Although multi-terminal neurotransistors mimic neurons, they have large footprint, high energy consumption and poor scalability.
A team of researchers, led by Prof. Shang Dashan, at the Institute of Microelectronics of Chinese Academy of Sciences (IMECAs) has developed a vertical EGT based neurotransistor. It exhibits short term memory, short channel and low energy consumption.
Neuromorphic computing seeks to mimic brain-like computing by replicating biological neural networks with electronic components. A key area of focus is dendritic computing, inspired by the branching structure of neurons, to boost the performance of artificial neural networks. Despite growing interest, creating artificial dendrites that match the human brain’s throughput and energy efficiency remains a challenge.
The study presented the development of a compact, low-power neurotransistor. This device is a vertical dual-gate electrolyte-gated transistor (EGT) featuring short-term memory characteristics, a 30 nm channel length, and boasts a record-low read power of approximately 3.16 femtowatts and a read energy comparable to biological systems at around 30 femtojoules.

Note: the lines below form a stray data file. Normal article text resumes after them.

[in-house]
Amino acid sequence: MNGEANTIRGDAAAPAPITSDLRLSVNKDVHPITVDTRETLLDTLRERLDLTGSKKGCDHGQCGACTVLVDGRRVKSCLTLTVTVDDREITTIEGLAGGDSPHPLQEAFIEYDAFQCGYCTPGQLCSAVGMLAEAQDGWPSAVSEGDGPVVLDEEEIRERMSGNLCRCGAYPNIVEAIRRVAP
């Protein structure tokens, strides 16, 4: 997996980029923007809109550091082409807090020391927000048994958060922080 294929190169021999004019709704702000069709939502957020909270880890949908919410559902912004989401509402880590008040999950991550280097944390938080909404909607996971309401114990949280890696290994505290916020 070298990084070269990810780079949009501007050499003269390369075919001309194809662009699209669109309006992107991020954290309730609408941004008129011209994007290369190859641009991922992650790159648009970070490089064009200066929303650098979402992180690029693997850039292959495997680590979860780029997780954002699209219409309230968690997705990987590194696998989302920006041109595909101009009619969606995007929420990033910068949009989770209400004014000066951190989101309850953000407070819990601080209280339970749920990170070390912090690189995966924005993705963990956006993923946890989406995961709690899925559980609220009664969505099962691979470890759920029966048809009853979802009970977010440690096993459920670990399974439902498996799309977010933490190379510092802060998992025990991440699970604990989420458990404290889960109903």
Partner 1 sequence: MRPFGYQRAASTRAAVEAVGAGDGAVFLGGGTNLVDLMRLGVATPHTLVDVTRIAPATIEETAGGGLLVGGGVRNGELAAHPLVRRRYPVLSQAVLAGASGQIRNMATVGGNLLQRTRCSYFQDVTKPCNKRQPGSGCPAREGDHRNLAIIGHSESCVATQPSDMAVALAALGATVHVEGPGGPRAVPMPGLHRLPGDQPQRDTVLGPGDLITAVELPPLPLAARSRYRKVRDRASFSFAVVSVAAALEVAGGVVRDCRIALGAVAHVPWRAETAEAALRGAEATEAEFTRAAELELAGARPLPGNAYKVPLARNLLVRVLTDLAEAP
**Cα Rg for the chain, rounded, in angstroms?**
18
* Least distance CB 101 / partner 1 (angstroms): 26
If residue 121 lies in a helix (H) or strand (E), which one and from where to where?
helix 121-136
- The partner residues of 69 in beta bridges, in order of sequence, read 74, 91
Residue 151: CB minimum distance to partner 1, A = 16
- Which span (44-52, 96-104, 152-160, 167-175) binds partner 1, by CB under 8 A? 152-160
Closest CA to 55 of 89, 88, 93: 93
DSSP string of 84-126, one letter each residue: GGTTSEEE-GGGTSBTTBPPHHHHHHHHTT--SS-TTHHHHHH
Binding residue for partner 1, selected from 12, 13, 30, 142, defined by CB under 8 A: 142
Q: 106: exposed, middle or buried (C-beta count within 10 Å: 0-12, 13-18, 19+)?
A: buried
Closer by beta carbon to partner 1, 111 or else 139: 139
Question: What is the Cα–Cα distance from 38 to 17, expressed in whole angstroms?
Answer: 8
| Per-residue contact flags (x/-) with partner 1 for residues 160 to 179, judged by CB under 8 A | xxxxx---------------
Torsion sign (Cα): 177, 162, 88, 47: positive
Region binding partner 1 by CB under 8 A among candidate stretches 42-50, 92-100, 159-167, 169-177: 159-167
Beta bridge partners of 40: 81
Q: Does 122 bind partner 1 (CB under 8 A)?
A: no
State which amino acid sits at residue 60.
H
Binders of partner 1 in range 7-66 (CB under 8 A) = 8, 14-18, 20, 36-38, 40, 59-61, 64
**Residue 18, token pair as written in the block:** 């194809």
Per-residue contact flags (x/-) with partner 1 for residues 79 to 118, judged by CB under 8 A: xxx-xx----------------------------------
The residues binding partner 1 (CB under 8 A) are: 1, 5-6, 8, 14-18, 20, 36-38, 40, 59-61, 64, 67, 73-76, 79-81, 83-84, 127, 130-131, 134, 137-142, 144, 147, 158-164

Using this neurotransistor, researchers achieved the integration of dendrites and performed both digital and analog dendritic computing, particularly in coincidence detection tasks. Also, they explored the capabilities of neurotransistors in advanced brain-like functionalities.
This included the development of a hardware neural network capable of bio-inspired sound localization. The findings indicate that neurotransistor-based systems could be a significant step toward neuromorphic computing that matches the energy efficiency of the human brain.